Elk have been turning up more and more often on trail cameras in Iowa lately. State wildlife officials this week confirmed a rise in sightings after several reports from whitetail deer hunters who were surprised to capture photos of the much larger species on their cameras.
“I had reports coming in weekly to my office all fall,” said Josh Gansen, a wildlife biologist with the Iowa Department of Natural Resources (IDNR) Saylorville Wildlife Unit, in a news release. “It’s to the point that it’s no longer uncommon.”
Officials say the elk are most likely young males from wild herds in western and central Nebraska, as well as the Black Hills of South Dakota, dispersing in search of new territory. The number of visiting elk is probably low, they say, but because the roaming bulls can cover a lot of distance, they tend to show up on multiple trail cameras.
The boom in sightings may also be driven by other factors, including that people are putting up more trail cams than in the past, according to the IDNR. KCCI TV reported that Shaun Rydl “thought it was a joke” the first time he captured photos of an elk near Boone. “It’s a farm that my brothers and I own together, and we’re all just really fascinated to see that he showed up—now three different times on the trail cams over a two-week period,” said Rydl.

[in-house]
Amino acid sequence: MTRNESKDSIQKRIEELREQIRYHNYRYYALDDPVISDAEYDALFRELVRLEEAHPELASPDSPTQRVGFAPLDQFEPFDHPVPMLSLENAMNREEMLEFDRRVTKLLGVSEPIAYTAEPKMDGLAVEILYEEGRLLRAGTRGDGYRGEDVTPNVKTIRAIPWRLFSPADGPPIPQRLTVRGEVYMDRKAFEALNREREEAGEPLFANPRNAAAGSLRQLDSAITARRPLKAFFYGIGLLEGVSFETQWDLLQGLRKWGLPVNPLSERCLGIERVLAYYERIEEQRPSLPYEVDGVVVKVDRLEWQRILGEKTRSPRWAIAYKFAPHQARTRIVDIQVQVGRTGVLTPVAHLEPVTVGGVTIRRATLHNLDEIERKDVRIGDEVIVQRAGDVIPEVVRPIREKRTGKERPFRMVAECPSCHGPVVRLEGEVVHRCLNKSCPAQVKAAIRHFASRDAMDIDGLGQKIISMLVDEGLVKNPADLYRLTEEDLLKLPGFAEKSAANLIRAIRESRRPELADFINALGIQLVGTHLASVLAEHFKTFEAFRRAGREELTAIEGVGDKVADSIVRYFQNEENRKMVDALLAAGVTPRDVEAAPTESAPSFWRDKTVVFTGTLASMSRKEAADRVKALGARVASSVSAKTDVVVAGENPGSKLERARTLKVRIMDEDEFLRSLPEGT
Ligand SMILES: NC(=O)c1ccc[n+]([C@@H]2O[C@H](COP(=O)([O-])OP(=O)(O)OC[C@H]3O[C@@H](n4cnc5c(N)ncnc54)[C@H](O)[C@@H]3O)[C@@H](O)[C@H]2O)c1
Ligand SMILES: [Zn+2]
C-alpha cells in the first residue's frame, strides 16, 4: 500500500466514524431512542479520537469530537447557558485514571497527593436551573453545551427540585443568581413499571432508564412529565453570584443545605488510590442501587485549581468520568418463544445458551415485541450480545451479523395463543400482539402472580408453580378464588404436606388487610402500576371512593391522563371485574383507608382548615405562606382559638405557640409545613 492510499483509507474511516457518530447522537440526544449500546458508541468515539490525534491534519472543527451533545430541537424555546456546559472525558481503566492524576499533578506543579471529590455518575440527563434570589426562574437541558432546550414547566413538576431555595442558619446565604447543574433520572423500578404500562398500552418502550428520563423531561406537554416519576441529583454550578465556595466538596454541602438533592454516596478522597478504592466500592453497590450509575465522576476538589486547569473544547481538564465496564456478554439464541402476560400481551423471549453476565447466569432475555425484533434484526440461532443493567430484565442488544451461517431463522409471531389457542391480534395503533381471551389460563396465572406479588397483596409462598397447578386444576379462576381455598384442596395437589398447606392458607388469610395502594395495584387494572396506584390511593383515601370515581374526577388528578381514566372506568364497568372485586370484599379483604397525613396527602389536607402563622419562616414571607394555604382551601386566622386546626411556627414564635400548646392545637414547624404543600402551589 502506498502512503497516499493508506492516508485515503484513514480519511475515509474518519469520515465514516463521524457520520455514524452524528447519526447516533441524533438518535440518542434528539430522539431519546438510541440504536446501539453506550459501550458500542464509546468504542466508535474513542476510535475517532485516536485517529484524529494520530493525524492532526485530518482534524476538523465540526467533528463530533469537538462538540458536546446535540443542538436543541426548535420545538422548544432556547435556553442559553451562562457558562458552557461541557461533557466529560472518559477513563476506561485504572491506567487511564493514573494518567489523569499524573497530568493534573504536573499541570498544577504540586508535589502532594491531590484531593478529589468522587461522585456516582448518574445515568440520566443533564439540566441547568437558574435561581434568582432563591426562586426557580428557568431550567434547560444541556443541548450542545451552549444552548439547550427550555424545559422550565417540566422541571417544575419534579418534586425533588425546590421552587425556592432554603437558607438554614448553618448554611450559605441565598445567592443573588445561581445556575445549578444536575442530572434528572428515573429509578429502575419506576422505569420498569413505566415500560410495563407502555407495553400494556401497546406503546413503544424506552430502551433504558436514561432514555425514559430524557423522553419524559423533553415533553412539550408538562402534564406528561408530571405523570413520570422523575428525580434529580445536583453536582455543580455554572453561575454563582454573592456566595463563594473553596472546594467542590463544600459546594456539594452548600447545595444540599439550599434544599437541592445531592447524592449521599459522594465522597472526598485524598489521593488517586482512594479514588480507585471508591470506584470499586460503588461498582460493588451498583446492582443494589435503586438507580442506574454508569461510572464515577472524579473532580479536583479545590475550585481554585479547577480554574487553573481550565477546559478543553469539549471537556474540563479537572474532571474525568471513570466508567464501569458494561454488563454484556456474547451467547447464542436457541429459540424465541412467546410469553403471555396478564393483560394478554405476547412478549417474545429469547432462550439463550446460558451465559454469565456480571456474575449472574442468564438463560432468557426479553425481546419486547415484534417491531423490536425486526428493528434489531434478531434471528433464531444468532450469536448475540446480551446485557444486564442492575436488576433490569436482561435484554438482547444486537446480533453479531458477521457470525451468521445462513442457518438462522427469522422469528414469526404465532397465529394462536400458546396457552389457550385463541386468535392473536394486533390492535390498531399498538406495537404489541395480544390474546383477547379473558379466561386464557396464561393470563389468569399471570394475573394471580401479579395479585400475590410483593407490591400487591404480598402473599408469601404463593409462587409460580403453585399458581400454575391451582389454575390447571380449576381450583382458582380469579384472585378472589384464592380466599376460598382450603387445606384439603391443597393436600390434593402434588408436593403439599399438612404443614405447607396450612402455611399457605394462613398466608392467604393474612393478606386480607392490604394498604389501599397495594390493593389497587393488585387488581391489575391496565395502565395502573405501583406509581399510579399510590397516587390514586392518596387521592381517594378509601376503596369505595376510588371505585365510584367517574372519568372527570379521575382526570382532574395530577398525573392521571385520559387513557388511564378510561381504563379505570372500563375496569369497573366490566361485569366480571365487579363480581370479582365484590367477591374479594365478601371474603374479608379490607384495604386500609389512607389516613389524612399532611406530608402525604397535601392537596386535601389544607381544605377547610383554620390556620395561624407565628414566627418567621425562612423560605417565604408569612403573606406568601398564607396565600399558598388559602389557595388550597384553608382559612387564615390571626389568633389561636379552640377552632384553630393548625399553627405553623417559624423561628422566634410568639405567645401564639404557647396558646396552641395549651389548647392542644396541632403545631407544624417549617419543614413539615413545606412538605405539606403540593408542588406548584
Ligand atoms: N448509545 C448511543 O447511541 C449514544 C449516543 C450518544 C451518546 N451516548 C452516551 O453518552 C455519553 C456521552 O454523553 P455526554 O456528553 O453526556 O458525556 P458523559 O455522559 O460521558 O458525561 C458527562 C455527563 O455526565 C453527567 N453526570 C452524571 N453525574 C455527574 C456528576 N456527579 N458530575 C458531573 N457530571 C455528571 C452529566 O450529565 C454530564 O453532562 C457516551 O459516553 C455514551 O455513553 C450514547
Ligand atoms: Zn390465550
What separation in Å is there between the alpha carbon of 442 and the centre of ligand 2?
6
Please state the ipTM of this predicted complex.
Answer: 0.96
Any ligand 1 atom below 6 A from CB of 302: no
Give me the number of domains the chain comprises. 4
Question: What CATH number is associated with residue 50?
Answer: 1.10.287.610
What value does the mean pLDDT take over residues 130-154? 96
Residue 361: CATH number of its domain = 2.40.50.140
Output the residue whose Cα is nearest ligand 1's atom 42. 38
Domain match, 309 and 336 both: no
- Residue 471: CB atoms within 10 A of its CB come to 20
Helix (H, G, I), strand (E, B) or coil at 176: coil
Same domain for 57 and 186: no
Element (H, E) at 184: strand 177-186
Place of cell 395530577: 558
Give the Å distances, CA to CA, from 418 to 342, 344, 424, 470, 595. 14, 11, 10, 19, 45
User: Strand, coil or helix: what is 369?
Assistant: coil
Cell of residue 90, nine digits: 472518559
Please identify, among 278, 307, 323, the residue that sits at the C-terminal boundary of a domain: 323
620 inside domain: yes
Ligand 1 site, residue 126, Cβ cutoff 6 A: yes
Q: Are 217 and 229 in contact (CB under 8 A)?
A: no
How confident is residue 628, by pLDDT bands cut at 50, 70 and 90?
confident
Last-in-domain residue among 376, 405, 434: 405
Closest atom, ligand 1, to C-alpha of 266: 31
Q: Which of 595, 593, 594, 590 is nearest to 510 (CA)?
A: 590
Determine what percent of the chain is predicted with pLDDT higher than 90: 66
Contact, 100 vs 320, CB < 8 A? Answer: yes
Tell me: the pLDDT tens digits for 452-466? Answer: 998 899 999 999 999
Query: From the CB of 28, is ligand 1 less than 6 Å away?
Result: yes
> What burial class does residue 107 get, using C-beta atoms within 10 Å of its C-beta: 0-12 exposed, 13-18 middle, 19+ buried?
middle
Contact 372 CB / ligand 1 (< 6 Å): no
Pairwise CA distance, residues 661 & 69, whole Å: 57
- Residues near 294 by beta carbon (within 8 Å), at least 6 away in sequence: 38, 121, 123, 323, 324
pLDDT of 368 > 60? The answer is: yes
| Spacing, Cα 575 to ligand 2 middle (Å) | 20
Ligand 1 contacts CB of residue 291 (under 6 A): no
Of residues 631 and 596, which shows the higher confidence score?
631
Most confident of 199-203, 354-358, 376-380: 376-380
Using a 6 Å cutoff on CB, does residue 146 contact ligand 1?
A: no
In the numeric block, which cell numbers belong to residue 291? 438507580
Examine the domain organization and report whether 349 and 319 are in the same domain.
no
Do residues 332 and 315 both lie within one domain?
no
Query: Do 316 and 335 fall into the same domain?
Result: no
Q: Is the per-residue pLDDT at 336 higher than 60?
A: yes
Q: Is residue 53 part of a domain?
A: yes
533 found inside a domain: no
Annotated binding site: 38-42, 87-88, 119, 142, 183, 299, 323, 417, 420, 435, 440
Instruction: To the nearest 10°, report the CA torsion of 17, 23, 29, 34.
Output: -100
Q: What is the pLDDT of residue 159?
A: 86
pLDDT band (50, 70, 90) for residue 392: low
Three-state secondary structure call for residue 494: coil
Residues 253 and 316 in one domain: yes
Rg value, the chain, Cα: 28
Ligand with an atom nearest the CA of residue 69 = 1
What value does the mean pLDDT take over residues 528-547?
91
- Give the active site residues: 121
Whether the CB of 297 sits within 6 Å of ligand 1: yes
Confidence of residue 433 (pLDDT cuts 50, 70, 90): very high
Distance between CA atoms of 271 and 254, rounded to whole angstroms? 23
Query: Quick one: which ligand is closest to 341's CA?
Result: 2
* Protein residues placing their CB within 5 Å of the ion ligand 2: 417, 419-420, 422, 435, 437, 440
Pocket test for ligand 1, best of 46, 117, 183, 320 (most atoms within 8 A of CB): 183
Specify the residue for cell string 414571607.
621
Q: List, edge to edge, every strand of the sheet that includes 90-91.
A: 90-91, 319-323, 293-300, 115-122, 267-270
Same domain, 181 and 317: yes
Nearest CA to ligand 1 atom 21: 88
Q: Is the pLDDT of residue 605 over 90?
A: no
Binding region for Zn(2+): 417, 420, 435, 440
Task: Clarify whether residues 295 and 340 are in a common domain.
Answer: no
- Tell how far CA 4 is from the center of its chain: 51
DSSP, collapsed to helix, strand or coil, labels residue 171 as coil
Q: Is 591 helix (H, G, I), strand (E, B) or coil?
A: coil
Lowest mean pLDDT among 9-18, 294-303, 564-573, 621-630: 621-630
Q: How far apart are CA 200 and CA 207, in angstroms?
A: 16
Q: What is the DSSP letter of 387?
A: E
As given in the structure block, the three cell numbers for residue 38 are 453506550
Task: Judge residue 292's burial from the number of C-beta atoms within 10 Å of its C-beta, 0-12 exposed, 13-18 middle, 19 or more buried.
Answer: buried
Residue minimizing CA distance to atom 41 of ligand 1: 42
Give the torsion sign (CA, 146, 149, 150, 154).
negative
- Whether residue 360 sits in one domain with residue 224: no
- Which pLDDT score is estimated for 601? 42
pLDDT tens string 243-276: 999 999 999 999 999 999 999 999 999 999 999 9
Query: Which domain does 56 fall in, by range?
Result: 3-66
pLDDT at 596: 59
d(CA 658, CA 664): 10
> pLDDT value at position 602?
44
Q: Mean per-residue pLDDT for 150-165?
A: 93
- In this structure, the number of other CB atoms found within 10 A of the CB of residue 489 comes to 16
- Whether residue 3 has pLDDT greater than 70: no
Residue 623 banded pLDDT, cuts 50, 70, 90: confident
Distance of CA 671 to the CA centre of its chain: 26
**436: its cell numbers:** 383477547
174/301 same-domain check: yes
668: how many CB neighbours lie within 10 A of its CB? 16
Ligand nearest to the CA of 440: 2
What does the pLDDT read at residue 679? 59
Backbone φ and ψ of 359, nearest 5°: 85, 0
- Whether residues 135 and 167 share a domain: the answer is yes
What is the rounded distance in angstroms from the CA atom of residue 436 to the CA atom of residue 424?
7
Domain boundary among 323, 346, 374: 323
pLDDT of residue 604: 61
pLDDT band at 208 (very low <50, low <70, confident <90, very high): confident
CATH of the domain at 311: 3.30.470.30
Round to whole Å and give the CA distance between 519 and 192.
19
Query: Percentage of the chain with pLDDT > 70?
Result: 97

IDNR officials say neither elk nor moose—another occasional visitor to the state—have established breeding populations there. Elk were once native to Iowa, which was largely made up of prairie, and they provided an important food source for Native American tribes and pioneers in the region. But with the onset of settlement in the 1830s and the conversion of grassland to crop fields and pasture, elk were mostly pushed out by the 1860s. The last reported historical sighting of elk was in 1871.
Elk are protected by Iowa law. The recent sightings are widely seen as an opportunity to appreciate a game animal that once was once right at home in the state. “Take a moment to enjoy seeing a wild elk in Iowa,” said Doug Chafa, a wildlife biologist with IDNR’s Missouri River Wildlife Unit. “As long as these animals are not causing any problems, our position is we are going to leave them be.”
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